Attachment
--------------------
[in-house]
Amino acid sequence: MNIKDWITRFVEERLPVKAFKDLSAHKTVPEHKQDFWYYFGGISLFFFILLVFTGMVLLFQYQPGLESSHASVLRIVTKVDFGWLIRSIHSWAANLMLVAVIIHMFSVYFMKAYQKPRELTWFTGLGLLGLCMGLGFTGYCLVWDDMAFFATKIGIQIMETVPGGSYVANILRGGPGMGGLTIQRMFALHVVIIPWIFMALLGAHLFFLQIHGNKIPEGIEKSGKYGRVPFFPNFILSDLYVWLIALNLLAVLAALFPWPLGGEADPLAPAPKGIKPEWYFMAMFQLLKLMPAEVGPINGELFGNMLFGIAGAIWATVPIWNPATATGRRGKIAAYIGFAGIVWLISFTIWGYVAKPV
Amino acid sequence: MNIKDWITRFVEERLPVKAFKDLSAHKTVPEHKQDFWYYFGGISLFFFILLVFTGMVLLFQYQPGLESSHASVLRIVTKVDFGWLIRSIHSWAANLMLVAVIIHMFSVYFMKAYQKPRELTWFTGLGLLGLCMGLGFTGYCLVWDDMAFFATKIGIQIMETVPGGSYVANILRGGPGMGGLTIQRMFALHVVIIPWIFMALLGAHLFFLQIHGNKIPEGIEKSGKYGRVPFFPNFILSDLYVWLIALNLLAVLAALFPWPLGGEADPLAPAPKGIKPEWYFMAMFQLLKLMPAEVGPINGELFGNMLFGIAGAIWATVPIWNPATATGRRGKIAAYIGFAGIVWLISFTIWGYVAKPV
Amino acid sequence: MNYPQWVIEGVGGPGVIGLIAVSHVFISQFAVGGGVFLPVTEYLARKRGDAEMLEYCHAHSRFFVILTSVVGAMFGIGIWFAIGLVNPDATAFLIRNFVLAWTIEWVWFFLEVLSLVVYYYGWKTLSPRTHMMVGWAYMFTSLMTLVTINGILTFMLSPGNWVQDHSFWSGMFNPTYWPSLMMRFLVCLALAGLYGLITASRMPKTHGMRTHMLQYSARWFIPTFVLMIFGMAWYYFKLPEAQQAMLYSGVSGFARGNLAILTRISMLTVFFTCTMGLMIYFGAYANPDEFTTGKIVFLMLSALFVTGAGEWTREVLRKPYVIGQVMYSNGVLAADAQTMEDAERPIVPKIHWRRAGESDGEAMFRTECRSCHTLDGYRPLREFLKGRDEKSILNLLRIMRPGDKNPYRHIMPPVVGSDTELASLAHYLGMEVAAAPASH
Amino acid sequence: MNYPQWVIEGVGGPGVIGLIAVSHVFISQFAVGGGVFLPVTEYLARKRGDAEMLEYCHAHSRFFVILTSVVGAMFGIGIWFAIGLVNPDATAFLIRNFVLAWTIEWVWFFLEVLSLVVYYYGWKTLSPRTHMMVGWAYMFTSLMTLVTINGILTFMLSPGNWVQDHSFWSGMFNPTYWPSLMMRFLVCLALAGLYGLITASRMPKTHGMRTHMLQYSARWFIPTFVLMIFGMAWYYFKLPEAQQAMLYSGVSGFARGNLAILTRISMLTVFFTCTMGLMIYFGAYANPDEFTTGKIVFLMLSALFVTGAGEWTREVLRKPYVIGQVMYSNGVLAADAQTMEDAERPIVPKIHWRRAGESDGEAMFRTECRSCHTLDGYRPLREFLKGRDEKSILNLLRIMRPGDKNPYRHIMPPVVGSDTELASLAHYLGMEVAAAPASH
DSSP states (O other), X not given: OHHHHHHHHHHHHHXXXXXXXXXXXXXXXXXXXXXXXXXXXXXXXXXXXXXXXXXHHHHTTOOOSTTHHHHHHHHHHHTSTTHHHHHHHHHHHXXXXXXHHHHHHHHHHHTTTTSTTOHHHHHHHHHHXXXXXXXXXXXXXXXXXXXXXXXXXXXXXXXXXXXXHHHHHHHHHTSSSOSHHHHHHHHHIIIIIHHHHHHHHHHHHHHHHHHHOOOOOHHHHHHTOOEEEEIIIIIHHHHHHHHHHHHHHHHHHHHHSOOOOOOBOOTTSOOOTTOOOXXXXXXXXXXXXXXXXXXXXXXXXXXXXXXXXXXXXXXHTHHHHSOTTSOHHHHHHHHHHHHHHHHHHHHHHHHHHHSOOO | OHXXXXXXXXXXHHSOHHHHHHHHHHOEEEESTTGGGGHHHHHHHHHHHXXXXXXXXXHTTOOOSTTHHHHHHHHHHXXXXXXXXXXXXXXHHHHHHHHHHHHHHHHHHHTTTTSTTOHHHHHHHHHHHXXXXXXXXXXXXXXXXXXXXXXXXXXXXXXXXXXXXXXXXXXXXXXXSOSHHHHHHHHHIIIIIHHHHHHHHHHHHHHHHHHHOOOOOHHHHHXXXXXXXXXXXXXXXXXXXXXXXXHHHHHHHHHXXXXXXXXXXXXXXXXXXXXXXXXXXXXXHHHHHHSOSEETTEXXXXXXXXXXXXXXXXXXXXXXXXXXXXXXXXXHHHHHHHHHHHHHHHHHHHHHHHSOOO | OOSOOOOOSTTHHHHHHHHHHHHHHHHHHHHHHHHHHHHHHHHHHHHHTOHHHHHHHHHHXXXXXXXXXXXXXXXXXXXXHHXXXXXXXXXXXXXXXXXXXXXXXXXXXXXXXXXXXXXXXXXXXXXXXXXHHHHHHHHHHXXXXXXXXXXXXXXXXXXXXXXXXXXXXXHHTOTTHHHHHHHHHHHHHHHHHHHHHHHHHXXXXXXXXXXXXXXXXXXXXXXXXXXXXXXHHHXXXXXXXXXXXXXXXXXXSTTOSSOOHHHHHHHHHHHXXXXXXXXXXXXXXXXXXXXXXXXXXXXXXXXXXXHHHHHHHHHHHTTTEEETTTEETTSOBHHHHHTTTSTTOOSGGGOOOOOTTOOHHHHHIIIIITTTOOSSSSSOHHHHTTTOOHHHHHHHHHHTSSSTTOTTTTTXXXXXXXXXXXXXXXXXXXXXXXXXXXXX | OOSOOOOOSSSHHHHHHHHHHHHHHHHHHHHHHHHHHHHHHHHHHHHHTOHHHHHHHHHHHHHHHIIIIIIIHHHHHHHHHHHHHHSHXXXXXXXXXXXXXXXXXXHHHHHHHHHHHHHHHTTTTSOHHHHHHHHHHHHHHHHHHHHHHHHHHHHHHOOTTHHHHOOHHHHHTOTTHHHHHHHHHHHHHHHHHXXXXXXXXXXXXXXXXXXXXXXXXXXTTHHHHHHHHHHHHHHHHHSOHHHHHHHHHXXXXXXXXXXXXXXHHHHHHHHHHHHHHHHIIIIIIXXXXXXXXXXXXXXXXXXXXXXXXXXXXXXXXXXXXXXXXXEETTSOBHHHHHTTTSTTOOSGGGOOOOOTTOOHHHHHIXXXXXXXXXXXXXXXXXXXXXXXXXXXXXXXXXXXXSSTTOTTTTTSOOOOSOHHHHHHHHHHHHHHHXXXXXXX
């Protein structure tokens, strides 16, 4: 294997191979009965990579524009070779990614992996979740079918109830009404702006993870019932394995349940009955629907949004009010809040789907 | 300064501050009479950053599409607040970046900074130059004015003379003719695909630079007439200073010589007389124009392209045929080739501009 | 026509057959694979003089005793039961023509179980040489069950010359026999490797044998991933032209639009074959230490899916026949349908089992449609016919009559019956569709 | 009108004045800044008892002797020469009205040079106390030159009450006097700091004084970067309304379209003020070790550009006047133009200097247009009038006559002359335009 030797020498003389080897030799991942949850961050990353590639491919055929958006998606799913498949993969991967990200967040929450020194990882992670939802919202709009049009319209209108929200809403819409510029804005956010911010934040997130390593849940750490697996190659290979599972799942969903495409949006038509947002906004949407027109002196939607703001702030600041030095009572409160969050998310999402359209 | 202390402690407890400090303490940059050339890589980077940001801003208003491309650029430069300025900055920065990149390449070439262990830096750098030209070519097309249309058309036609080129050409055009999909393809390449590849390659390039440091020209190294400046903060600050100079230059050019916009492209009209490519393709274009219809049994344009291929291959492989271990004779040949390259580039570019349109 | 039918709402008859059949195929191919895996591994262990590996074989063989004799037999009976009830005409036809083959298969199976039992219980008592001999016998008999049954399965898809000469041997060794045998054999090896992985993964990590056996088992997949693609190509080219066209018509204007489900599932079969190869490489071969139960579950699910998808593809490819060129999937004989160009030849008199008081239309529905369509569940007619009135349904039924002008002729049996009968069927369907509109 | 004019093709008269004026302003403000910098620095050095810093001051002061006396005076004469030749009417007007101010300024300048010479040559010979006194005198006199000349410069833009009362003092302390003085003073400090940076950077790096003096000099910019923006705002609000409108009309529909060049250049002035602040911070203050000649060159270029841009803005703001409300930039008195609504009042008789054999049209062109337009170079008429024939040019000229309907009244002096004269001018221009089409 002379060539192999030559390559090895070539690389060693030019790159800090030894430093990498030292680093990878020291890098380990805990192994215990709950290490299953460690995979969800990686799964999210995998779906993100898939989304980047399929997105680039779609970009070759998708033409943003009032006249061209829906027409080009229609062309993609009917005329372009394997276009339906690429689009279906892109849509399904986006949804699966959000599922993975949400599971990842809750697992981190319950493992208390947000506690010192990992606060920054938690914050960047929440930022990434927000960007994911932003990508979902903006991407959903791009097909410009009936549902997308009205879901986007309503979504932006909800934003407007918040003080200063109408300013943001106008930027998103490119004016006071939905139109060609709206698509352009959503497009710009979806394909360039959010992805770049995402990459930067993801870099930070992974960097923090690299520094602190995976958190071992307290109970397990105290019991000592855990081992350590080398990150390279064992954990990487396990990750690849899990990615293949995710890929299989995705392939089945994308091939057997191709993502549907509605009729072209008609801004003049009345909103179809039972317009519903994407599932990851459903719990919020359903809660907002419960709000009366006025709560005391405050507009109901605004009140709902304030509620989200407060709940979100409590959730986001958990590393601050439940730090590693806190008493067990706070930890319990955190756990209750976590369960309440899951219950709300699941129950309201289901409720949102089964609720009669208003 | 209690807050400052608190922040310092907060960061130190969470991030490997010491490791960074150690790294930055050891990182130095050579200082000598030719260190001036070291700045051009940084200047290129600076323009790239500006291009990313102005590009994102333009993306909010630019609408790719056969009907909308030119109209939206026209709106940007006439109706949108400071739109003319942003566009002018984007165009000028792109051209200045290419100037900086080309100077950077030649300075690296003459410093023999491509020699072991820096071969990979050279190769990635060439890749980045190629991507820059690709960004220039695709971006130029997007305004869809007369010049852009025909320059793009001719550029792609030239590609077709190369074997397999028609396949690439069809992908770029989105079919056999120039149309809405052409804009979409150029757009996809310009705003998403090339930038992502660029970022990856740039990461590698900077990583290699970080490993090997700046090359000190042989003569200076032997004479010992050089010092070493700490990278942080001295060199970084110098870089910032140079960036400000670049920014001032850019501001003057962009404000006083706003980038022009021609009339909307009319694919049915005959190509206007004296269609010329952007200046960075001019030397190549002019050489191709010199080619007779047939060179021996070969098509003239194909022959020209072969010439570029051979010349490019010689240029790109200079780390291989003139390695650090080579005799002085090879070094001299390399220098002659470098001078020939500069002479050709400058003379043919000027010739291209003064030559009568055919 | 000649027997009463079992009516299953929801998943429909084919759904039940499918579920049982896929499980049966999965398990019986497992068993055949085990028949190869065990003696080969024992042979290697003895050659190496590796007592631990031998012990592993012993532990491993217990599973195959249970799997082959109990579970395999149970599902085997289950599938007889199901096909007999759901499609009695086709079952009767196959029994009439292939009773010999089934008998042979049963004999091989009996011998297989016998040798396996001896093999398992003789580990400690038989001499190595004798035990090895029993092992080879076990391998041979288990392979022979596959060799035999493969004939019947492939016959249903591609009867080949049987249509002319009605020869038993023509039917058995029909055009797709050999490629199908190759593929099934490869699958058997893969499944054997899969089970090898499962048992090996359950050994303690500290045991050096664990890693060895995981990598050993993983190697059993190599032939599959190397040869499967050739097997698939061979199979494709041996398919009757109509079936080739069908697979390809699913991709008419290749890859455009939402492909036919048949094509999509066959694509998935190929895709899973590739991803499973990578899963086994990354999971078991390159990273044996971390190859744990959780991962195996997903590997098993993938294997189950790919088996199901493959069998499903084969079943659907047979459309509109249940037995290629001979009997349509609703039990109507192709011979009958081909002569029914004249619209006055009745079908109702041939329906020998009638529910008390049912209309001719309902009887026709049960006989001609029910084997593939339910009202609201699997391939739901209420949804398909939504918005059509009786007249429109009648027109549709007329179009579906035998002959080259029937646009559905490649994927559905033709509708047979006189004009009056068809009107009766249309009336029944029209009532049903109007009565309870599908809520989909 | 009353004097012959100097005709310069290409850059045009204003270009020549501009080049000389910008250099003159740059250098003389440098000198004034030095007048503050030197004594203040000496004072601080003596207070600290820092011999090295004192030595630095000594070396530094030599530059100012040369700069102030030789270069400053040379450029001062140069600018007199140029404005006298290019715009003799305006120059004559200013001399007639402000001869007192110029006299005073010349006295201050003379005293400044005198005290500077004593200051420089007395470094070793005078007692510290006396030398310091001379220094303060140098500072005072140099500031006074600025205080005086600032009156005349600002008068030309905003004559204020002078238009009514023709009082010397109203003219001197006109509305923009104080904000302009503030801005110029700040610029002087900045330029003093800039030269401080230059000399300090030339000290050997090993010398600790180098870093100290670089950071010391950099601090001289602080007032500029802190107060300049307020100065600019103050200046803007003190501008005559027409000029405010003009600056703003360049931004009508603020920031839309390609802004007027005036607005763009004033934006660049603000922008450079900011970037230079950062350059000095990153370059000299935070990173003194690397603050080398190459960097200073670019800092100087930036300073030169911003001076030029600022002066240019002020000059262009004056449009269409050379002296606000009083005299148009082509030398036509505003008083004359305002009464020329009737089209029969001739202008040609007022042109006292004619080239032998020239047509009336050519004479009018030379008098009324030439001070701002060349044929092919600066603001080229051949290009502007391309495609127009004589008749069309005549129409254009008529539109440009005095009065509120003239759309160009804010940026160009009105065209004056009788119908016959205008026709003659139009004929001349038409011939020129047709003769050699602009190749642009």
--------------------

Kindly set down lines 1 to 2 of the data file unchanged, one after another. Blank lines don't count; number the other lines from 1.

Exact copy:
[in-house]
Amino acid sequence: MNIKDWITRFVEERLPVKAFKDLSAHKTVPEHKQDFWYYFGGISLFFFILLVFTGMVLLFQYQPGLESSHASVLRIVTKVDFGWLIRSIHSWAANLMLVAVIIHMFSVYFMKAYQKPRELTWFTGLGLLGLCMGLGFTGYCLVWDDMAFFATKIGIQIMETVPGGSYVANILRGGPGMGGLTIQRMFALHVVIIPWIFMALLGAHLFFLQIHGNKIPEGIEKSGKYGRVPFFPNFILSDLYVWLIALNLLAVLAALFPWPLGGEADPLAPAPKGIKPEWYFMAMFQLLKLMPAEVGPINGELFGNMLFGIAGAIWATVPIWNPATATGRRGKIAAYIGFAGIVWLISFTIWGYVAKPV